Yes, businesses should love a VAT! Nothing like compliance and lower sales to make business owners giddy. Let's just double payroll taxes too, because surely the poor would love those.

How on earth would a VAT, if it was put in place today, "reduce the cost of doing business" or "favor exports"? As for banks, VATs usually exempt financial services.

https://globalvatonline.pwc.com/uk/tls/gvol2/gvol2.nsf/AllByCode/RJAI-6XLJXR?opendocument

"And how much to save for retirement? Same as ever--as much as possible! Save it in a ROTH IRA so it is funded with after-tax dollars but the gains are NEVER TAXED. You pay income taxes on pensions, Social Security, dividends, interest and withdrawals from a 401(k) or traditional IRA."

But if CanunkinKL & co gets their way, there will be a fat VAT, which is basically a tax on your Roth savings. If we have a Euro-style VAT and means testing Social Security, those Roth savings will have proven to be a bad investment. I think a lot of people saving in Roth's in their 20s and 30s have a high risk of being extremely disappointed in their nest egg by retirement.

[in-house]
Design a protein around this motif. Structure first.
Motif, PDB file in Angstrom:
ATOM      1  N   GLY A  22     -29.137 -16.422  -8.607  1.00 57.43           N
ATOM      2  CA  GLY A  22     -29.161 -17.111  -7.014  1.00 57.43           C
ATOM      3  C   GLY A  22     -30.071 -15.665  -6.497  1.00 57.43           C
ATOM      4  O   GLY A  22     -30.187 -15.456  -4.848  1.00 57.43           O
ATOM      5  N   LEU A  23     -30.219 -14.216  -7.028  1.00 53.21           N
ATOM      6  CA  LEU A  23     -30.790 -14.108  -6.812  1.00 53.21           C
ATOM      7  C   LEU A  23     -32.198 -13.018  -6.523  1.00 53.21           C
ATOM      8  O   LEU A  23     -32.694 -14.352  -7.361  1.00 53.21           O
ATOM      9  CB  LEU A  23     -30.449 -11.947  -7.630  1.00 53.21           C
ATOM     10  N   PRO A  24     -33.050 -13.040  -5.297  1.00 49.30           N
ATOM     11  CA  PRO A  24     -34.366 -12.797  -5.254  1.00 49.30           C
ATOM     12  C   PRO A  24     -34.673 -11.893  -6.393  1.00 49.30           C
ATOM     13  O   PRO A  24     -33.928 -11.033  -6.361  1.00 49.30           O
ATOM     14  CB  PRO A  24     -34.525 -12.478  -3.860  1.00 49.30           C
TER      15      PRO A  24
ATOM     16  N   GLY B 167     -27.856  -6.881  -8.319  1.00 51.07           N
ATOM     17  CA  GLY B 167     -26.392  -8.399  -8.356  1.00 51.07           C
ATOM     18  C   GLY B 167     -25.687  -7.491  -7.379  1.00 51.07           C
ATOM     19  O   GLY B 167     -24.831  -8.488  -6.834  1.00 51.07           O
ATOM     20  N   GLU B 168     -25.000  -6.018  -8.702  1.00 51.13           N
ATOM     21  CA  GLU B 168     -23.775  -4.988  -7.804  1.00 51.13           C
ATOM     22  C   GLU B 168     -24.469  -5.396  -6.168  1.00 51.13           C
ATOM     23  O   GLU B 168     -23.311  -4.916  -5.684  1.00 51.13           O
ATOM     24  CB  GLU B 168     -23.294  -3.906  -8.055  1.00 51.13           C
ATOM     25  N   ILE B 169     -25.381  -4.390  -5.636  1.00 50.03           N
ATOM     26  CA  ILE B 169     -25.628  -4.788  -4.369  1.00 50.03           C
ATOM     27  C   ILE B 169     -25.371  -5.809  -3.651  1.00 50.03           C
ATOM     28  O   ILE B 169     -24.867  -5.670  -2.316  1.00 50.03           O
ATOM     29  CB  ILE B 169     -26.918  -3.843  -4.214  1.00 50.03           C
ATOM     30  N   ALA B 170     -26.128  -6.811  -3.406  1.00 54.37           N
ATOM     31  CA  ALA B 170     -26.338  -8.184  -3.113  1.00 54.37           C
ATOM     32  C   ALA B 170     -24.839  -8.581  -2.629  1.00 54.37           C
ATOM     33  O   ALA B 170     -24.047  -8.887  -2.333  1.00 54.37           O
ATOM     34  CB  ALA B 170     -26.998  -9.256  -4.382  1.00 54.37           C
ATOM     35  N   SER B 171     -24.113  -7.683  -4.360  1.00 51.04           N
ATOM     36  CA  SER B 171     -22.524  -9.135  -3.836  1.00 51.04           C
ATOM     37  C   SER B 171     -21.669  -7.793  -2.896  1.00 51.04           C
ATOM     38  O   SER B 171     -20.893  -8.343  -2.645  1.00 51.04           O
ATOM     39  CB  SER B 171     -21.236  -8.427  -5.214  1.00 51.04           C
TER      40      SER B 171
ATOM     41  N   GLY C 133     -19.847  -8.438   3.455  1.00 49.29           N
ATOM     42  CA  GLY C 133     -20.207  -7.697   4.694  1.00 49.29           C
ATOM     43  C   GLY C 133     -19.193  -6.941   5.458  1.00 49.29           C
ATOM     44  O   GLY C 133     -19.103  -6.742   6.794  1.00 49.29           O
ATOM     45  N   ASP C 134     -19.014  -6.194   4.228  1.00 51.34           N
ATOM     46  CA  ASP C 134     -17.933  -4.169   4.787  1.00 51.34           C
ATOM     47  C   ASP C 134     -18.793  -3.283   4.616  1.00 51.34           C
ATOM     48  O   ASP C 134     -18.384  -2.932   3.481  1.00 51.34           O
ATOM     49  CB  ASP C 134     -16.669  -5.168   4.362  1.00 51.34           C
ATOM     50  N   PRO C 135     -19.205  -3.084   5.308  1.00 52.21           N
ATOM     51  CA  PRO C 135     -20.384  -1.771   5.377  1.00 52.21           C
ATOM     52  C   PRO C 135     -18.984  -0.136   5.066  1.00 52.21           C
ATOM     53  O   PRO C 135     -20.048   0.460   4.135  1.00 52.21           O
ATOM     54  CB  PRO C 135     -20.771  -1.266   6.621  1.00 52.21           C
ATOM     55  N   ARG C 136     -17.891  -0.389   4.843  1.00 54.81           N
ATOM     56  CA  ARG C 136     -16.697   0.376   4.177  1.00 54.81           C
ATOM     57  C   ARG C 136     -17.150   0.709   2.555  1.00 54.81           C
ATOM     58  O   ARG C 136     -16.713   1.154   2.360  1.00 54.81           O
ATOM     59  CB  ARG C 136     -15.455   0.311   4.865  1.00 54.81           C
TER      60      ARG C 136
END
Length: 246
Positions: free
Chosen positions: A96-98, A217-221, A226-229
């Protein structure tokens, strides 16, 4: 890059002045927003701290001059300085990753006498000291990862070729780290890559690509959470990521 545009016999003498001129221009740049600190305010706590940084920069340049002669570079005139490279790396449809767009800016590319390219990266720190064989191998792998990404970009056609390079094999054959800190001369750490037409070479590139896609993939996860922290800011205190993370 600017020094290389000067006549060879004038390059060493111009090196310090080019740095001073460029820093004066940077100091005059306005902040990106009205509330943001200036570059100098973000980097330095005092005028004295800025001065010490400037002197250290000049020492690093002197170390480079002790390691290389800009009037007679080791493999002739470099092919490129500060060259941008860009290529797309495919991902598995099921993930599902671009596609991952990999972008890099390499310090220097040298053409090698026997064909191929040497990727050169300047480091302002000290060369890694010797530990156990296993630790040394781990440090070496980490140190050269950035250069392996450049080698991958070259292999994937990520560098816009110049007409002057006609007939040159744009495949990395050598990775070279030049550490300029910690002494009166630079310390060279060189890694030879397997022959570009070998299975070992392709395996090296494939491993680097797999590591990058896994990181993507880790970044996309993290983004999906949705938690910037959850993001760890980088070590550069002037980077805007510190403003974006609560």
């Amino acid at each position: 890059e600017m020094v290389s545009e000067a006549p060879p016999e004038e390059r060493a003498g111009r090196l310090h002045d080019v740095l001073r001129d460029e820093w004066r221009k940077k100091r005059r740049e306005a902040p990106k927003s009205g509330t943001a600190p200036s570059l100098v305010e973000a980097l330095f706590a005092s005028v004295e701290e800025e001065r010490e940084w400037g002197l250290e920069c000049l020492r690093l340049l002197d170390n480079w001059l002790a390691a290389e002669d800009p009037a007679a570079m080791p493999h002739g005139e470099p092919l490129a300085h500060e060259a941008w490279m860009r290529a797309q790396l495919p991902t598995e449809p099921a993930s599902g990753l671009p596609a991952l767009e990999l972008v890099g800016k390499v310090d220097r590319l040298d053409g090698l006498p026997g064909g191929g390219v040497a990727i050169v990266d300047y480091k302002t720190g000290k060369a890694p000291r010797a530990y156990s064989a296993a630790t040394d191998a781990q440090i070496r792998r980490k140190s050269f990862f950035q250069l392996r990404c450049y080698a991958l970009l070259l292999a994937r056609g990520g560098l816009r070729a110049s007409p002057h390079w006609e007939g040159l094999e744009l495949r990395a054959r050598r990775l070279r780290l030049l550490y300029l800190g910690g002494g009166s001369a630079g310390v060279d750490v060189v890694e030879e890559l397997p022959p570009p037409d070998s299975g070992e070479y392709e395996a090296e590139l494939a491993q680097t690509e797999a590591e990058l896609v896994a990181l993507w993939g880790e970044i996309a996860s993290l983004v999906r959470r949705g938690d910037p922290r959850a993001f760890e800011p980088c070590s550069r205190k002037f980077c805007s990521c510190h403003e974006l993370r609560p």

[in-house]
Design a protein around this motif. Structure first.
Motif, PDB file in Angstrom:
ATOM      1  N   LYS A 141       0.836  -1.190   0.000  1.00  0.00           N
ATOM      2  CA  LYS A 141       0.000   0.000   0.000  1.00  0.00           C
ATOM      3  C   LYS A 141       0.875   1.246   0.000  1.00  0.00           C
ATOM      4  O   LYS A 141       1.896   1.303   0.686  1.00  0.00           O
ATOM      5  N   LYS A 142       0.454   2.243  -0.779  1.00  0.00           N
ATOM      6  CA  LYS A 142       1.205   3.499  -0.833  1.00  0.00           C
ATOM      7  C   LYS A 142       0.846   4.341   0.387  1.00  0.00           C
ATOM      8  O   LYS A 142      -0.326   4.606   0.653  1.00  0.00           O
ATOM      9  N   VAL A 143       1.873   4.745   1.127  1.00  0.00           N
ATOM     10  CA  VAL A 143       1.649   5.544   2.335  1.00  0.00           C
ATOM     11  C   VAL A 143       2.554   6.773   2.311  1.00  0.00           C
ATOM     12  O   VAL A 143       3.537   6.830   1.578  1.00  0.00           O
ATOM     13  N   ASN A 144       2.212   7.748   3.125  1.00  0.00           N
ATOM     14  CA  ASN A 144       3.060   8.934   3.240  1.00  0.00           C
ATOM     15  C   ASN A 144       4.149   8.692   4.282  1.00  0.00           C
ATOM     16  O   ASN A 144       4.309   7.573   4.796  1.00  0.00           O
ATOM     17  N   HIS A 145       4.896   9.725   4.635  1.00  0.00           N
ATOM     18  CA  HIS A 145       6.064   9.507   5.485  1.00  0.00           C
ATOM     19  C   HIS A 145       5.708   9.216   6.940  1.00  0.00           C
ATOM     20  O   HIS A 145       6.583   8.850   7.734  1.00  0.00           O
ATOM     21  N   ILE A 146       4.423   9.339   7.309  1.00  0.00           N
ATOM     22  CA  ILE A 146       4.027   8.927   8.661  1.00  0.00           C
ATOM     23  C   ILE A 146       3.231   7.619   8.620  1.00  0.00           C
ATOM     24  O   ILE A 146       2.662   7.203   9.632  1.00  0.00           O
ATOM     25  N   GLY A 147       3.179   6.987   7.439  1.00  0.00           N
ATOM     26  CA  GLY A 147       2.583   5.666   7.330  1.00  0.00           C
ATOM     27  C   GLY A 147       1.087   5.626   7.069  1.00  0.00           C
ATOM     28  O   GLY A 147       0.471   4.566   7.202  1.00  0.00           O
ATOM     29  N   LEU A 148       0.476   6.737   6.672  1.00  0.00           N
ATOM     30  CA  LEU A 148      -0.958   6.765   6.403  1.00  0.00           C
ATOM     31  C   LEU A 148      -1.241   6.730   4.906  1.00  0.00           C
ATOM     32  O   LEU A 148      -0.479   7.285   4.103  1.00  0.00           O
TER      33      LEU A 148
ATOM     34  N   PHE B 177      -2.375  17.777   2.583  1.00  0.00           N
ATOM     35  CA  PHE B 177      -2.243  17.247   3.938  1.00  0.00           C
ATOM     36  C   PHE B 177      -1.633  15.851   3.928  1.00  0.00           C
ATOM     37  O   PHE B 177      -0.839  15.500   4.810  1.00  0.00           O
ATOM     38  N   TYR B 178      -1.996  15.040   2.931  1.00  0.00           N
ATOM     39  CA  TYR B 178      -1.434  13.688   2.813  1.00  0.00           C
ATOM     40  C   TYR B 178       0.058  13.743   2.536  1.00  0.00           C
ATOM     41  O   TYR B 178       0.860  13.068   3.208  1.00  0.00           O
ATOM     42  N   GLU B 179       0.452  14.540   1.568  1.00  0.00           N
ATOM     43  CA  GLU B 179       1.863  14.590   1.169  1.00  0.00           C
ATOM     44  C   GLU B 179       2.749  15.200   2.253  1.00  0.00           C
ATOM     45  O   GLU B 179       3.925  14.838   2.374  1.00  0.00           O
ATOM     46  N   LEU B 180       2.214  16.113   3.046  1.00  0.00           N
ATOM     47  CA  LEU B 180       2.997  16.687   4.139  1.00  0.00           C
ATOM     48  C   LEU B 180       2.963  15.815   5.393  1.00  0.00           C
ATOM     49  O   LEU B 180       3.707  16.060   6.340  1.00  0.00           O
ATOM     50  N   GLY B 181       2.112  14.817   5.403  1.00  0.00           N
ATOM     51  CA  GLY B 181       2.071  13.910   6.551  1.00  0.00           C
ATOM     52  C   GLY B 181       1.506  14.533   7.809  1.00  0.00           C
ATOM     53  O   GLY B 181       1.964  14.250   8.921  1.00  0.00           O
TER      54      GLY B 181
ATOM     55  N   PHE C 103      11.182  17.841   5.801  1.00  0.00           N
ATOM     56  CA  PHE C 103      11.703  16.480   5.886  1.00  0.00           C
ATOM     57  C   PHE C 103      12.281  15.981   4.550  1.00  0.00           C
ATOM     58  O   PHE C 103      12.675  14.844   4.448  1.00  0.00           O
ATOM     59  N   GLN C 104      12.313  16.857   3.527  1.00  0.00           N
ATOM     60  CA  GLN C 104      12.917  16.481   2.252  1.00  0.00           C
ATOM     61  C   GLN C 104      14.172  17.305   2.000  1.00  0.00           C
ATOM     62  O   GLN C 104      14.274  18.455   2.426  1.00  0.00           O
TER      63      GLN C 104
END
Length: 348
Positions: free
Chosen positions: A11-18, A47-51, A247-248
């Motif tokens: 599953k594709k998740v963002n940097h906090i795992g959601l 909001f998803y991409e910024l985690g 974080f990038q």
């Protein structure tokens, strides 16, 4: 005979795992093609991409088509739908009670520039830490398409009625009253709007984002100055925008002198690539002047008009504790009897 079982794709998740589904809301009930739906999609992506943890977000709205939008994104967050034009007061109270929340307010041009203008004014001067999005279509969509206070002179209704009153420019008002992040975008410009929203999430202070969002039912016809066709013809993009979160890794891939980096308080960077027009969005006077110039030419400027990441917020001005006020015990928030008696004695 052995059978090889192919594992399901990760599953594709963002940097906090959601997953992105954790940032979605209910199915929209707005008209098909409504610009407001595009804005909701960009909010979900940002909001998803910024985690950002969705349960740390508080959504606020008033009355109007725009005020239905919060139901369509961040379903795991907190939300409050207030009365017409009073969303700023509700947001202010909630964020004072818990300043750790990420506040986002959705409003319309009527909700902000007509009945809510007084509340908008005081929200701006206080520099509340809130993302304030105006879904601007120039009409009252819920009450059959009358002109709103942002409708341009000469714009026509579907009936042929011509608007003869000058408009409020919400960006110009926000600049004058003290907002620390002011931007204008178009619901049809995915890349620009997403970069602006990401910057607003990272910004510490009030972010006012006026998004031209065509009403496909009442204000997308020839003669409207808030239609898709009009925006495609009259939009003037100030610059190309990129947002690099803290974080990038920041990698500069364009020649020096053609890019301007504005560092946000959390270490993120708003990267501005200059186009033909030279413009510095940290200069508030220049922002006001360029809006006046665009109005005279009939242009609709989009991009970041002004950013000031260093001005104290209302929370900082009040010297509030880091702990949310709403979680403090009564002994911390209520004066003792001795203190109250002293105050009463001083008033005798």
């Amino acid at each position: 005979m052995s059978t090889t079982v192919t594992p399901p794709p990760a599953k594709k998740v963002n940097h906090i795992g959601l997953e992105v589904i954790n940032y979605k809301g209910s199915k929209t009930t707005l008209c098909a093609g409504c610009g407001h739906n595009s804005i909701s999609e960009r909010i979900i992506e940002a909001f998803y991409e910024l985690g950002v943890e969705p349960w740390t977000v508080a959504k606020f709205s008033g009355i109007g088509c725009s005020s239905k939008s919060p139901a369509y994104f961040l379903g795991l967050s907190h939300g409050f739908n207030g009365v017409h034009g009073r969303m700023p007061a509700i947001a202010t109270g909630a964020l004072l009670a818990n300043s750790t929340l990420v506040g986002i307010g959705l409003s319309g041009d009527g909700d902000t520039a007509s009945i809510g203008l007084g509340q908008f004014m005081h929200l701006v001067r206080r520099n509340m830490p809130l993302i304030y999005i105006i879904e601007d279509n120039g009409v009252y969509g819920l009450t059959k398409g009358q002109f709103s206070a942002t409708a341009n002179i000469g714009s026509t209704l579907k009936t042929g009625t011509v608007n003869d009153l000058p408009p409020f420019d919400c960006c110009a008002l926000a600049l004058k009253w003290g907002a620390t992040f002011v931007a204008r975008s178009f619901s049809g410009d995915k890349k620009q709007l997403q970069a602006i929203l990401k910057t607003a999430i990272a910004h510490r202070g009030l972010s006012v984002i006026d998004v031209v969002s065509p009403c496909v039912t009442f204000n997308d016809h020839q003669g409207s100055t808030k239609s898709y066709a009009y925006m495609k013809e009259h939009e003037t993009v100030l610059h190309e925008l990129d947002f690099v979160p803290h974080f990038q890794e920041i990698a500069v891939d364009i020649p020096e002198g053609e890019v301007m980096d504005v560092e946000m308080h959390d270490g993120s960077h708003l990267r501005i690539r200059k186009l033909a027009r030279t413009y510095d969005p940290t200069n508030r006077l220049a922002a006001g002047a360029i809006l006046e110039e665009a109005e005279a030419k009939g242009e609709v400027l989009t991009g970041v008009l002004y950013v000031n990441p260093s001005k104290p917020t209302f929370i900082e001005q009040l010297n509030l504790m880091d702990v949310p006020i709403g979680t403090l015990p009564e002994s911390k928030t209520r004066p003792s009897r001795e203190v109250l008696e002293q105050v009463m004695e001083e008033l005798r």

But of course, tax regime uncertainty doesn't matter, because the average Joe will blindly keep putting money in their account.

Everyone talks about how the average person won't respond much to tax incentives, but the impact is on the margin, the 5-10 percent who don't think like you or respond the same way you do.

People keep talking about the last recession as if 'the economy was in depression' and 'no jobs are out there', even though GDP was up 0.4% in 2008 and only down 2.4% in 2009, and even though 3-4 million new jobs are created each month. Its the action on the margin which is creating all the pain in the economic statistics, and yet when looking at the impact of policies you care about the average, not the margin.

Posted by: justin84 | July 16, 2010 10:20 AM | Report abuse